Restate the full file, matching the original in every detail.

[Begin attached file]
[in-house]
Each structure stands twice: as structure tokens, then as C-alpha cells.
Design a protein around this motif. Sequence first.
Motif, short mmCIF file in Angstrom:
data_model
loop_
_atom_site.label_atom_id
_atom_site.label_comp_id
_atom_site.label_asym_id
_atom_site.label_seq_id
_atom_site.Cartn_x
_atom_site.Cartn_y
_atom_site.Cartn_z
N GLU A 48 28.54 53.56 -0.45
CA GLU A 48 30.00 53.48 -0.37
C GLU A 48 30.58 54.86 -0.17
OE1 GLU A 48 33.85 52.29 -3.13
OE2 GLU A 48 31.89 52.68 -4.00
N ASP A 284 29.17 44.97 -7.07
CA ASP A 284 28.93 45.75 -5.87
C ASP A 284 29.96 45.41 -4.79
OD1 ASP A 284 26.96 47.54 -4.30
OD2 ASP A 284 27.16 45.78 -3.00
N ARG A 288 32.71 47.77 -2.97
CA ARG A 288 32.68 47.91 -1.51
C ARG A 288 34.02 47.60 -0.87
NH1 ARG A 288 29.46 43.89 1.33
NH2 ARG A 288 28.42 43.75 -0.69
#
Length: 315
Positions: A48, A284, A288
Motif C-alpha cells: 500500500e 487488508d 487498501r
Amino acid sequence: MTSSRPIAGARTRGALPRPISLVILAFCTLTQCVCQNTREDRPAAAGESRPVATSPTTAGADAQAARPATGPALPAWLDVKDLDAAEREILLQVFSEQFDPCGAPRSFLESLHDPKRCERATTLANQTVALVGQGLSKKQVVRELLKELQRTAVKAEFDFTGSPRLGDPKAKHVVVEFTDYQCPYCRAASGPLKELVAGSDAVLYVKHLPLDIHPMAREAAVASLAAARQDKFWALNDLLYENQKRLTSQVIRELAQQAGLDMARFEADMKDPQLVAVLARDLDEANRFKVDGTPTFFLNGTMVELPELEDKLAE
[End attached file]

[in-house]
Each structure stands twice: as structure tokens, then as C-alpha cells.
Design a protein around this motif. Sequence first.
Motif, short mmCIF file in Angstrom:
data_model
loop_
_atom_site.label_atom_id
_atom_site.label_comp_id
_atom_site.label_asym_id
_atom_site.label_seq_id
_atom_site.Cartn_x
_atom_site.Cartn_y
_atom_site.Cartn_z
N GLU A 48 28.54 53.56 -0.45
CA GLU A 48 30.00 53.48 -0.37
C GLU A 48 30.58 54.86 -0.17
OE1 GLU A 48 33.85 52.29 -3.13
OE2 GLU A 48 31.89 52.68 -4.00
N ASP A 284 29.17 44.97 -7.07
CA ASP A 284 28.93 45.75 -5.87
C ASP A 284 29.96 45.41 -4.79
OD1 ASP A 284 26.96 47.54 -4.30
OD2 ASP A 284 27.16 45.78 -3.00
N ARG A 288 32.71 47.77 -2.97
CA ARG A 288 32.68 47.91 -1.51
C ARG A 288 34.02 47.60 -0.87
NH1 ARG A 288 29.46 43.89 1.33
NH2 ARG A 288 28.42 43.75 -0.69
#
Length: 315
Positions: A48, A284, A288
Motif C-alpha cells: 500500500e 487488508d 487498501r
Amino acid sequence: MTSSRPIAGARTRGALPRPISLVILAFCTLTQCVCQNTREDRPAAAGESRPVATSPTTAGADAQAARPATGPALPAWLDVKDLDAAEREILLQVFSEQFDPCGAPRSFLESLHDPKRCERATTLANQTVALVGQGLSKKQVVRELLKELQRTAVKAEFDFTGSPRLGDPKAKHVVVEFTDYQCPYCRAASGPLKELVAGSDAVLYVKHLPLDIHPMAREAAVASLAAARQDKFWALNDLLYENQKRLTSQVIRELAQQAGLDMARFEADMKDPQLVAVLARDLDEANRFKVDGTPTFFLNGTMVELPELEDKLAE